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Emily LakdawallaSeptember 22, 2009

Planetary Radio Q and A: Boom-boom!

This week's Planetary Radio is the second of two with Robert Zubrin. On "Questions and Answers" I answered my own question:When Space Shuttle Discovery landed at Edwards Air Force Base, I stood outside to listen for its boom. I was surprised to hear a boom-boom. Why, I wondered, does the Shuttle make a double sonic boom?

I found explanations of the answer online here and here, as well as a neat Youtube video of a cracking double-boom, accompanied by NASA TV footage, here (embedded below).

The reason for there being any sonic boom is because the Shuttle is outrunning its own noise. Sound travels through the air as pressure waves. When an aircraft moves faster than the expansion speed of those waves, the wavefronts pile up in a cone shape that expands aftward, much like the wake of a speedboat. The overlapping wavefronts reinforce each other and manifest as a big, sharp pressure wave, resulting in the boom sound.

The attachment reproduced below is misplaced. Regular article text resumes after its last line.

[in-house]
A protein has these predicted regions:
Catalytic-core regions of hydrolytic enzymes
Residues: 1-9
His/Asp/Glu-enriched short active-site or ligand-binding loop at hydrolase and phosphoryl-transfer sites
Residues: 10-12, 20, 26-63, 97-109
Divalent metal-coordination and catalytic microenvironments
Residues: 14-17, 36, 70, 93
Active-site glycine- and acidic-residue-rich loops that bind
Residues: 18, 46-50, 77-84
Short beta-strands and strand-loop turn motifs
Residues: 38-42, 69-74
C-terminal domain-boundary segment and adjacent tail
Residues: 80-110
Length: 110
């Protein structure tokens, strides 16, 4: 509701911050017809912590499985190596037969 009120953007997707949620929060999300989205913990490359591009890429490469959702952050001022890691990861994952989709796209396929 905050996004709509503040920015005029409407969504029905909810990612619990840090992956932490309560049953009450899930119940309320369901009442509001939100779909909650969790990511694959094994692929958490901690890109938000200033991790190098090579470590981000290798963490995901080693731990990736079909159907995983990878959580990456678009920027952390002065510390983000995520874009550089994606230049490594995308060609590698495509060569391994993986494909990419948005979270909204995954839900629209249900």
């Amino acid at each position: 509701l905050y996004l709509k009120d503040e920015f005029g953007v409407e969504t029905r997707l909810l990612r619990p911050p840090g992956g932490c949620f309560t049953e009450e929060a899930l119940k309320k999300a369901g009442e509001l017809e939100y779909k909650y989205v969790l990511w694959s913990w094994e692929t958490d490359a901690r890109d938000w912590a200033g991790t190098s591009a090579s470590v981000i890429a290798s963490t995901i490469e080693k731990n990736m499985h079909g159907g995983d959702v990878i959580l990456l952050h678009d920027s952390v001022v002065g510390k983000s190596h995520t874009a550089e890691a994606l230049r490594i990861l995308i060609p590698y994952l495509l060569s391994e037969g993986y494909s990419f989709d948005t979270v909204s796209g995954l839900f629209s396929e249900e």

Supersonic aircraft actually create many bow waves from all of their little protuberances, but all the little waves usually merge to form two big ones. One sonic boom is created at the nose of the aircraft. The second boom is created behind the aircraft, where air rushes in to fill the void left by the aircraft's passage. The air can only flow in so fast, though. The faster the aircraft is traveling, the farther behind it the second boom is. If the aircraft is moving relatively slowly, just over the speed of sound, we usually hear only one bang. But if the aircraft is moving more quickly and the two sonic booms are separated by more than a tenth of a second, we'll hear it as two separate booms.

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Emily Lakdawalla

Senior Editor and Planetary Evangelist for The Planetary Society
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Emily Lakdwalla
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